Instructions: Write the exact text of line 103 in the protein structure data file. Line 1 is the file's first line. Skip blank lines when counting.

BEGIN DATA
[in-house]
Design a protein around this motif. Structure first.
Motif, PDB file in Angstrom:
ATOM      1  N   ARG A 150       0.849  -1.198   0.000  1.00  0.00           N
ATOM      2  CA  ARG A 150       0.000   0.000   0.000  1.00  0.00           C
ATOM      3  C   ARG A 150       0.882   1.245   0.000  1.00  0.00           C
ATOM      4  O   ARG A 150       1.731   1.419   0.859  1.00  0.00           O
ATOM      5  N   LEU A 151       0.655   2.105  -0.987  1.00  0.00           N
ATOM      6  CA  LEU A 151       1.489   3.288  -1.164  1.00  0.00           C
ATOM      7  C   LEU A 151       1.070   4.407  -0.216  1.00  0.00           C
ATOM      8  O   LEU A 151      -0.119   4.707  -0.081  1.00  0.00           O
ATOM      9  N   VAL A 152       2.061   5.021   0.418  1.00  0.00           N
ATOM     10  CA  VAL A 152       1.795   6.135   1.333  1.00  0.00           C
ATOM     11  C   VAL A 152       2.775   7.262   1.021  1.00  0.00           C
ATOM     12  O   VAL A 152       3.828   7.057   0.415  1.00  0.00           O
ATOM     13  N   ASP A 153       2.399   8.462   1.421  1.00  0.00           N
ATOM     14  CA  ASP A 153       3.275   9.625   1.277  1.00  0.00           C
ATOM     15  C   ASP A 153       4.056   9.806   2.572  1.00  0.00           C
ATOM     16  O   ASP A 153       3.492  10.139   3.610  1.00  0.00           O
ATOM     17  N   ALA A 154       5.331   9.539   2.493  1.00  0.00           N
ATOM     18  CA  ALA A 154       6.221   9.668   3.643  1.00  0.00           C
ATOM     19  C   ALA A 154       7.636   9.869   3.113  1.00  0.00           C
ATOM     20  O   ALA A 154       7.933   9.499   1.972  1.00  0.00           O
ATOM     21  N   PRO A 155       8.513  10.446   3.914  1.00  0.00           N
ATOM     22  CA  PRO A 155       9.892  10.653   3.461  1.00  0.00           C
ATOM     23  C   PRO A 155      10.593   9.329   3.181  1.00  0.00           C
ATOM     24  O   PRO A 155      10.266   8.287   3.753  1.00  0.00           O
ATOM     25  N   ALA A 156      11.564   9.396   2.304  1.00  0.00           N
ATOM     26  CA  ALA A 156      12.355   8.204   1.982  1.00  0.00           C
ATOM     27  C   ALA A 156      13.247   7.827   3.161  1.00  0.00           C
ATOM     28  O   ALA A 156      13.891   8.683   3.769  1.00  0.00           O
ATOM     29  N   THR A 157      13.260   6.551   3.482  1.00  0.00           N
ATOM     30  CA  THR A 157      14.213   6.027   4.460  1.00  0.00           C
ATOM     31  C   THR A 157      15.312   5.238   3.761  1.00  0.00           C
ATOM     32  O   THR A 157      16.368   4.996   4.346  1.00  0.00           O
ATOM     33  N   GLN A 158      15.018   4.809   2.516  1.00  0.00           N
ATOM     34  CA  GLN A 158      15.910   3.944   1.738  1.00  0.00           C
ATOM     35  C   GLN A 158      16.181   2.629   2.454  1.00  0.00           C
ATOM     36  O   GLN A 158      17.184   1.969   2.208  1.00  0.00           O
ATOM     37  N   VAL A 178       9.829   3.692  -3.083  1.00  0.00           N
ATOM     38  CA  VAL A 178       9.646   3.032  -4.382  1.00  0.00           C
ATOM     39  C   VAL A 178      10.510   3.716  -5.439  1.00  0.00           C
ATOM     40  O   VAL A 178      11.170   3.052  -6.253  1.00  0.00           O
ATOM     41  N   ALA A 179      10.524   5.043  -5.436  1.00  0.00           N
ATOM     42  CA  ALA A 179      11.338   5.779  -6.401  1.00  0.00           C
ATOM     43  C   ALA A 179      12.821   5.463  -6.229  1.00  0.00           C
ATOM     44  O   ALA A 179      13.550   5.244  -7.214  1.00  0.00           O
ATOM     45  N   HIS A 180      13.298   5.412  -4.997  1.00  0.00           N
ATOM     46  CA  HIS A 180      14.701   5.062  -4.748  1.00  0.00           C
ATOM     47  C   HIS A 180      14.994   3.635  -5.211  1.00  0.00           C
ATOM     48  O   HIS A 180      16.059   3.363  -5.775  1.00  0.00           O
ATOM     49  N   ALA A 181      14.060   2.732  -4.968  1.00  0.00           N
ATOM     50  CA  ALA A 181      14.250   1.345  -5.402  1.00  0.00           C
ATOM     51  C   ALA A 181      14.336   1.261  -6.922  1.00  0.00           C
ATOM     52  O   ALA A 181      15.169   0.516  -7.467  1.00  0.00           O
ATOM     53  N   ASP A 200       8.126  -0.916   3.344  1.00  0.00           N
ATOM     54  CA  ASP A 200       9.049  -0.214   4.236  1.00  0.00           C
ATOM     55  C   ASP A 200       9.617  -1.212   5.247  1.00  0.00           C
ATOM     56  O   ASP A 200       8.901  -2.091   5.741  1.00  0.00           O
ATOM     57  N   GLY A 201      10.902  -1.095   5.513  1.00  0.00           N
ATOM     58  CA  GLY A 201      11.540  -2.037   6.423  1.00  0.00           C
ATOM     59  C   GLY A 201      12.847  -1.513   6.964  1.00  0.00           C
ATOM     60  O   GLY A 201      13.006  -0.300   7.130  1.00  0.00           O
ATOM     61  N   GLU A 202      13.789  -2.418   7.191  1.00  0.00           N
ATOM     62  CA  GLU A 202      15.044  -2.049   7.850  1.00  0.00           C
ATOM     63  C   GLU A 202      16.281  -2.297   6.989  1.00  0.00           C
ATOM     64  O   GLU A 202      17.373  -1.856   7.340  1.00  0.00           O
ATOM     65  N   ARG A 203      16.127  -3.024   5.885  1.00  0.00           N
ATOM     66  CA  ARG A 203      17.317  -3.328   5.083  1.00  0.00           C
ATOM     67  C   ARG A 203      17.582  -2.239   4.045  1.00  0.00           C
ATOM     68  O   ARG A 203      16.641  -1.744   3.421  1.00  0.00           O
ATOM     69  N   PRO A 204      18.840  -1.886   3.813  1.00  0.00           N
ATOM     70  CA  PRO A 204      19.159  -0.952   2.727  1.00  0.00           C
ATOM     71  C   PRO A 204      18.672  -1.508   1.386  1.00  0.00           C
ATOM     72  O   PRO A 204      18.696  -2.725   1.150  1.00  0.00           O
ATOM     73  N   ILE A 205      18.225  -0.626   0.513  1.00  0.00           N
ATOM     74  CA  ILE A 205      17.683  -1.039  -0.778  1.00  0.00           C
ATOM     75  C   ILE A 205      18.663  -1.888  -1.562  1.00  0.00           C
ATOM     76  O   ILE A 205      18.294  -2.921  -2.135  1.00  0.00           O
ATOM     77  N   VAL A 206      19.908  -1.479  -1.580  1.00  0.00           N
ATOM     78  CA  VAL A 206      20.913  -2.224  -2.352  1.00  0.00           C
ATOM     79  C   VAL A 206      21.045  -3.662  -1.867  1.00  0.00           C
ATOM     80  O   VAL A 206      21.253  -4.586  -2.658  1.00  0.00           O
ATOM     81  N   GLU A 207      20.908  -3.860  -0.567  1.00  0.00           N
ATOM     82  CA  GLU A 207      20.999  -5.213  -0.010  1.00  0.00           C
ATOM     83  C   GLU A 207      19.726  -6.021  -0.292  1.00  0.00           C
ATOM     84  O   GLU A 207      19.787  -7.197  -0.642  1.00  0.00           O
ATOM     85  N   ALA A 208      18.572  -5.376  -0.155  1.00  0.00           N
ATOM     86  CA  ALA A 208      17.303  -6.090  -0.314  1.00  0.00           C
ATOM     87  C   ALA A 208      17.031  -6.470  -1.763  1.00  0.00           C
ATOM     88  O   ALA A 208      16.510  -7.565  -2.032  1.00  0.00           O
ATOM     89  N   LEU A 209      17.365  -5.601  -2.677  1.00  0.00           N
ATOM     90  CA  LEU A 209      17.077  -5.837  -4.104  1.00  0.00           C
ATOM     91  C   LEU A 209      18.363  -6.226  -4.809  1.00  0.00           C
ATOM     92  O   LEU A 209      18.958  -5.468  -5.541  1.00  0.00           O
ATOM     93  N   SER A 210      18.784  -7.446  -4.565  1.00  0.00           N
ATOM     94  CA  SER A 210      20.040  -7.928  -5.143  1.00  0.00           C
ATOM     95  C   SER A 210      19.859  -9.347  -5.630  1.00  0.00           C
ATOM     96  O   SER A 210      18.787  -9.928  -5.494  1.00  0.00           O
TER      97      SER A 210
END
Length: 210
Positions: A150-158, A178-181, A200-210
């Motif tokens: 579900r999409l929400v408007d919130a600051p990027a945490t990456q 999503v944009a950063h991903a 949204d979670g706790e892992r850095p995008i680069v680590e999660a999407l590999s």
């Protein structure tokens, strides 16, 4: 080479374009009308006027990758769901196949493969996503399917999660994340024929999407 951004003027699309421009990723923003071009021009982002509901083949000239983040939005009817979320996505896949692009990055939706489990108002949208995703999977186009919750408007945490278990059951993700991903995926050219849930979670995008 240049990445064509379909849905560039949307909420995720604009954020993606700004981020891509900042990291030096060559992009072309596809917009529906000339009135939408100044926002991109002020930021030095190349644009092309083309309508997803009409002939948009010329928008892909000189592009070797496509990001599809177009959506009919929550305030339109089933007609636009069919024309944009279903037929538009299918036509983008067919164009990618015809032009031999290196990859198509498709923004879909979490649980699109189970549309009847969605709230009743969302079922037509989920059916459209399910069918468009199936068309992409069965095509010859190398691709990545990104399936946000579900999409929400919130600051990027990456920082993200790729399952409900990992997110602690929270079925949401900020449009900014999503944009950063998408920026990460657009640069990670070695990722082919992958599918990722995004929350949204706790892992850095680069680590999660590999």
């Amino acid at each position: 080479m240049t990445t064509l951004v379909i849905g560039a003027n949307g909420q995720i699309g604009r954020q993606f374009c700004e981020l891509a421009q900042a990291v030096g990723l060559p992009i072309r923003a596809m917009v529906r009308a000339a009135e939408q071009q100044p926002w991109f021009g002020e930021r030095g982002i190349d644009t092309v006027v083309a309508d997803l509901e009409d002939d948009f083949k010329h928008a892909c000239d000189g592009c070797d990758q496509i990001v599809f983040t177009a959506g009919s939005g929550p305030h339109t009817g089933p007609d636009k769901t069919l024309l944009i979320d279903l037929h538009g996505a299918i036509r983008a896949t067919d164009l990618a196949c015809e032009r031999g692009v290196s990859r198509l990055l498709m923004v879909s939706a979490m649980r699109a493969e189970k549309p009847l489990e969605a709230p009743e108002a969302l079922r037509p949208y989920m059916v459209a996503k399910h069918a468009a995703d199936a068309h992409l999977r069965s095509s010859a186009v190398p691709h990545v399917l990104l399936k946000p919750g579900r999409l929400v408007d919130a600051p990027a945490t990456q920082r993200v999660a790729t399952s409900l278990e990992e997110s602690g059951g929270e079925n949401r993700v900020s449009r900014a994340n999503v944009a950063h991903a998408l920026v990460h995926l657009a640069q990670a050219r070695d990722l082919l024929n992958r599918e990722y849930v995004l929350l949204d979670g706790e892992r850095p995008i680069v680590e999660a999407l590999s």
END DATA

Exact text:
Positions: A150-158, A178-181, A200-210